The government has decided to sell its stakes in the Sokolovska uhelna and OKD coal mines, in what is the first major privatisation it has achieved in almost two years in office. Sokolovska uhelna is to be bought by Sokolovska tezebni, which is controlled by managers of its mines. The government's minority stake in the black coal company OKD is being bought by majority shareholder Karbon Invest.
The mayor of the central Bohemian town of Kladno, Milan Volf, has been remanded in custody on charges of abuse of office. Prosecutors accuse Mr Volf, a member of the right-of-centre Civic Democrats, of illegally transferring 40 million crowns from the town's budget to Kladno's ice hockey club. He also stands accused of buying himself an expensive Audi car without seeking the council's permission. Mr Volf could face three years in prison if found guilty of abuse of office.
The police have arrested a gang of nine Czechs and other nationals who they say organised the smuggling of Chinese people into Europe. The arrests followed co-operation with police in Italy, Germany and Austria. During the time the gang were under surveillance they smuggled around 800 people through the Czech Republic, a police spokesperson said on Tuesday.
The Usti nad Labem regional authority has begun handing out leaflets in German alerting tourists who cross the border from the neighbouring state of Saxony of the fact that child prostitution is a crime. Regional governor Jiri Sulc took part in the campaign on Tuesday, handing out leaflets at a border crossing, the website Novinky reported. The German branch of UNICEF published a report in November saying the Czech-German border region was rife with child prostitution, though Czech authorities say it is not a common problem.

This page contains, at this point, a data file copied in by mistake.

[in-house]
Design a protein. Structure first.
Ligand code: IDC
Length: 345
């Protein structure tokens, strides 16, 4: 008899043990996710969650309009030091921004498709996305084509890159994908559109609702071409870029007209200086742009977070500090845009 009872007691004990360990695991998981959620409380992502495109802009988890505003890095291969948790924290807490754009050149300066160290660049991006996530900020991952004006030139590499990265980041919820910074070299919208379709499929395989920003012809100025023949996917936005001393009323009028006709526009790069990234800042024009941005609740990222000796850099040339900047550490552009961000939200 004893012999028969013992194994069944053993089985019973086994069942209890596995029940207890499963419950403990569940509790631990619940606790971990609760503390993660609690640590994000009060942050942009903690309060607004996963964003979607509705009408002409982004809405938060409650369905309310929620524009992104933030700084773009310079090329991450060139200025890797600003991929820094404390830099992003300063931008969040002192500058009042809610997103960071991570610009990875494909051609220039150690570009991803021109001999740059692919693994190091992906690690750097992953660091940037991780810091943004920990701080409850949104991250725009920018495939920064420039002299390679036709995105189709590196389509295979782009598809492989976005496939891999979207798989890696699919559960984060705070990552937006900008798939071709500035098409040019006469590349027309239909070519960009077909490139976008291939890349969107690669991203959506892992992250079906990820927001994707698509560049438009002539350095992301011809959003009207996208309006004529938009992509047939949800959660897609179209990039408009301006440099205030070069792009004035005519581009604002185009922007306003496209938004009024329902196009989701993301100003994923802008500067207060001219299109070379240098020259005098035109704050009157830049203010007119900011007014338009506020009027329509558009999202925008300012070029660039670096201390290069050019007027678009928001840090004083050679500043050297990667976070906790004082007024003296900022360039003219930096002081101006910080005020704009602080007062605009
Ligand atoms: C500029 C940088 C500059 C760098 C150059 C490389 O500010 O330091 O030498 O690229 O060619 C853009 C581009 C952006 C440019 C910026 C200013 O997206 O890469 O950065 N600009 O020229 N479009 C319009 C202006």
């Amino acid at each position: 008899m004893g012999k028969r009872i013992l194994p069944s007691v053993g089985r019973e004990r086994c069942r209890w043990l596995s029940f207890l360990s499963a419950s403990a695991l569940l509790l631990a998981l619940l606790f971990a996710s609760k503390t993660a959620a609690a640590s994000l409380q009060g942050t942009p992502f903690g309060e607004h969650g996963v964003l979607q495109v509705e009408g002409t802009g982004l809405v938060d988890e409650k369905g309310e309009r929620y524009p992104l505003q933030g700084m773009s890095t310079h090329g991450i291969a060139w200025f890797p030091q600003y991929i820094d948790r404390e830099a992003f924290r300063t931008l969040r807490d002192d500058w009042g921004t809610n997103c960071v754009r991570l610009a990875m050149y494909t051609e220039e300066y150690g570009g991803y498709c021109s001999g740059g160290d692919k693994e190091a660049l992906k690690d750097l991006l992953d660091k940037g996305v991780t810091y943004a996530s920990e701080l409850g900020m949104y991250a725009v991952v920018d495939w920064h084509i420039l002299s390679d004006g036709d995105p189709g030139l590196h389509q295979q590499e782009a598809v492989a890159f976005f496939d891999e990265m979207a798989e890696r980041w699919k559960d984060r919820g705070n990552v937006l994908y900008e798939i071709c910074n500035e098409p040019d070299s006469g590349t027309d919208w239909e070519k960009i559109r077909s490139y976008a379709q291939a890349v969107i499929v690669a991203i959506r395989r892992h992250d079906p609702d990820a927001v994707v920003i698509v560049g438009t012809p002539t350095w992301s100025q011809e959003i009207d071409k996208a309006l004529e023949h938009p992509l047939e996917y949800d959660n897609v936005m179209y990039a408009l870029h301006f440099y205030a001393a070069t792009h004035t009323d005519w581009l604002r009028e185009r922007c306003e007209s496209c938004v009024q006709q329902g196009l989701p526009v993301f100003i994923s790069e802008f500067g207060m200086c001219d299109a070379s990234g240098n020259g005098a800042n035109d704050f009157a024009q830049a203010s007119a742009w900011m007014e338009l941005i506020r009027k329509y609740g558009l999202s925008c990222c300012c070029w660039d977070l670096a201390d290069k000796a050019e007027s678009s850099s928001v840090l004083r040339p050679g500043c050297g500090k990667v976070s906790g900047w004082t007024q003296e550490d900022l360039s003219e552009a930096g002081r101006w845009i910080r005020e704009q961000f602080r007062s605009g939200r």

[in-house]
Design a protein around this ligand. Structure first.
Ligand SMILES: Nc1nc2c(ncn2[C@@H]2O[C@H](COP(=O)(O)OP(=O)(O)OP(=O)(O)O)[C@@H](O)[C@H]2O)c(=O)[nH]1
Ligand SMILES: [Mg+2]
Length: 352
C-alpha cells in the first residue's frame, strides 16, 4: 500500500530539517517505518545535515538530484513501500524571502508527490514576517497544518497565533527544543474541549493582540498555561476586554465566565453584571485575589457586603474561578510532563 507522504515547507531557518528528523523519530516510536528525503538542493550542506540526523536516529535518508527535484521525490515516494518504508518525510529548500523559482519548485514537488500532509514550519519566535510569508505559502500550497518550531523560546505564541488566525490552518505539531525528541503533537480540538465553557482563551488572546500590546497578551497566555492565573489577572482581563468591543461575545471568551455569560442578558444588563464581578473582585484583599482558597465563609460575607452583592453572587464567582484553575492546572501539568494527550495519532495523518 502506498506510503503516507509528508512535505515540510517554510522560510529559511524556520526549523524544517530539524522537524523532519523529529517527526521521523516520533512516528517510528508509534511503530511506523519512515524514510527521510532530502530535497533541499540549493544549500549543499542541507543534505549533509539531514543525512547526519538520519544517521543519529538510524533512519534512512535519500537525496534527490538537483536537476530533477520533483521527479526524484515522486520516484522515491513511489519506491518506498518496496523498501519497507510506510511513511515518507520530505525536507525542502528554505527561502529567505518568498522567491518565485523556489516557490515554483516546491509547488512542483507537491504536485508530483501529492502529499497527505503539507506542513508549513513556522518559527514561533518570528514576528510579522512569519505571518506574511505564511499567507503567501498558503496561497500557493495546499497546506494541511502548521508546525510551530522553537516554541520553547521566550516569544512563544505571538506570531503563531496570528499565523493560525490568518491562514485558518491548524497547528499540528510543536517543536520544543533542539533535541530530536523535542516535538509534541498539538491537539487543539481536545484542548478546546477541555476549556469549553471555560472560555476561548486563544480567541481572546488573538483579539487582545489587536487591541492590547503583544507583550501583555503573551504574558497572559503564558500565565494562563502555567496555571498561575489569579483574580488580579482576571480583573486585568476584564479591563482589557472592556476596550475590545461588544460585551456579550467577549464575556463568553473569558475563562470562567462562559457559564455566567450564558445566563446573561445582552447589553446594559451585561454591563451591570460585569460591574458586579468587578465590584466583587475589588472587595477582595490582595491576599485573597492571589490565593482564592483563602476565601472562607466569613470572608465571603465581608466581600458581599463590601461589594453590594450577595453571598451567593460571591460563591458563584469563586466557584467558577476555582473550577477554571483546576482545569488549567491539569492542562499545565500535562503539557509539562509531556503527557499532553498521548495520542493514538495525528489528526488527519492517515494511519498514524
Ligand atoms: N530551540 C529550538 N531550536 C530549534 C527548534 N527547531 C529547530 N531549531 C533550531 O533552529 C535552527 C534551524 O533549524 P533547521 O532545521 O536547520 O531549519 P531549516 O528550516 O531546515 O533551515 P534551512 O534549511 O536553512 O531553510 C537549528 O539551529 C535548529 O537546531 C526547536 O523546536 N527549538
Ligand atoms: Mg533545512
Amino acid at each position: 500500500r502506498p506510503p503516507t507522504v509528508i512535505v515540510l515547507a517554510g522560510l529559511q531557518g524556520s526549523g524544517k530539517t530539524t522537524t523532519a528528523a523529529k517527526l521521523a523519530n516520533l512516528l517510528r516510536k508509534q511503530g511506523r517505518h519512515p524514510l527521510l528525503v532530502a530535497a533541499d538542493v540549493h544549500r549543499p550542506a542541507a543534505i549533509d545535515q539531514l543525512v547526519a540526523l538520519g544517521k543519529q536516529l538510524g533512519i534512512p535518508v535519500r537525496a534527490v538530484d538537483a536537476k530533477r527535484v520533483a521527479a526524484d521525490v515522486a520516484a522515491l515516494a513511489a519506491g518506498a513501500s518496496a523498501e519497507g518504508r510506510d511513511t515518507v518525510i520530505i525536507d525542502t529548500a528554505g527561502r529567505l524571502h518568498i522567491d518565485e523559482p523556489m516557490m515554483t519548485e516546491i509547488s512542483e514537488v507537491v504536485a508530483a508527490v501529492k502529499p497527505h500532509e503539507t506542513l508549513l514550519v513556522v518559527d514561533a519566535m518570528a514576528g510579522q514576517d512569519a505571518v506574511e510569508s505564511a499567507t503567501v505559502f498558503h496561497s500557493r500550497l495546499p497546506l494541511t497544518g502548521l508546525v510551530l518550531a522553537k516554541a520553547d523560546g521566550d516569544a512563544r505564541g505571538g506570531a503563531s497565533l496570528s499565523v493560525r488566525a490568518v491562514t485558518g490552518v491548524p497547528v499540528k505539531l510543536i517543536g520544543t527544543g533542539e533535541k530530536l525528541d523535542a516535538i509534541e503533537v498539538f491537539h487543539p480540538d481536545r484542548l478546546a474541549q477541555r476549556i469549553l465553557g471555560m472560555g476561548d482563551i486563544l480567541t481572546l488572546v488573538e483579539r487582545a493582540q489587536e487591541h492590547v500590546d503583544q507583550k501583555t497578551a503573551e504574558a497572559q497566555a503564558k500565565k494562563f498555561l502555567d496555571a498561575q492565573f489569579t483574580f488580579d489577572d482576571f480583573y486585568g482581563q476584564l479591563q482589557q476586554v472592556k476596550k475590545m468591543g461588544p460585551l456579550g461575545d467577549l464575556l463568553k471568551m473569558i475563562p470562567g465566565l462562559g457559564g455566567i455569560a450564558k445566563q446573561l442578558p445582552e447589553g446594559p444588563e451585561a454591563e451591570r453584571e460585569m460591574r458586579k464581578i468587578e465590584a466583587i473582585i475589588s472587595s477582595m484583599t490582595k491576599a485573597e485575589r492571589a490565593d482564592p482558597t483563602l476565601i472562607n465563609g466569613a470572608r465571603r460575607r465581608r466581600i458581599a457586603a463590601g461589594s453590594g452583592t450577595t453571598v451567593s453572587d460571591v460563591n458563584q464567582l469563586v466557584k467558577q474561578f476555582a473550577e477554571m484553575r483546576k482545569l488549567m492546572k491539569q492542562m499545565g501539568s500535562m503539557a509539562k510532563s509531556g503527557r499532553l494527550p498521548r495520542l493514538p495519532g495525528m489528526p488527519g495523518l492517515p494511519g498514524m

The Prague brewery Staropramen is to increase the prices of its draught and bottled beer by around 6 percent from next month, a spokesperson said on Tuesday. The price rise follows a similar move by Pilsner Urquell earlier this month. Since the year 2000 Staropramen has been owned by the Belgian group Interbrew. It has a 14 percent share of the Czech beer market.
Meanwhile, President Klaus - who is currently on an official visit to Portugal - has granted pardons to nine people, among them a young man who killed his aggressive and bullying father. The pardons have been granted on humanitarian grounds, the president's spokesman said on Tuesday. Mr Klaus has pardoned 16 people since being appointed just over a year ago. He had previously been critical of the number of pardons granted by his predecessor, Vaclav Havel.
Polish police have released three men suspected of planning terrorist attacks on the Czech Embassy and other targets in the Polish capital Warsaw. The street where the city's Czech Embassy is located was marked on a map found in the flat of the three men, two Palestinians and a Ukrainian. A spokesperson for the Czech Embassy said on Tuesday that there was no evidence the three had been planning a terrorist attack.
Vaclav Klaus has criticised the chairman of the Christian Democrat group in the European Parliament, Hans-Gert Poettering, for statements he made after the Czech president cancelled a meeting with him while he was on a visit to Prague. Mr Poettering told Czech and German journalists that such things would only happen in a dictatorship. Mr Klaus has written a letter of protest to Mr Poettering, the president's spokesman said on Tuesday. Mr Klaus, who is sceptical about European Union integration, said such behaviour would not give an encouraging signal to the Czech public or politicians as the country prepares for imminent accession to the Union.
Police in the Polish capital of Warsaw have detained two Pakistani nationals, finding possession of suspiciously marked maps in one suspect's apartment. The Polish daily Gazeta Wyborcza has written the maps contain markings outlining the airport, the Warsaw synagogue as well as the locations of the British and Czech embassies, prompting a reaction from Czech embassy officials. They said that although they had not been contacted by police, the Czech embassy would be stepping up security measures. Of the two men in custody one first attracted police attention at Warsaw's main station on Sunday, leading to the arrests. Besides the maps in the apartment police found an Air Italia leaflet showing a plan of a plane allegedly marked with two crosses. Both Pakistani nationals have been in Poland since last November, when they filed for refugee status. Their identities have not been released.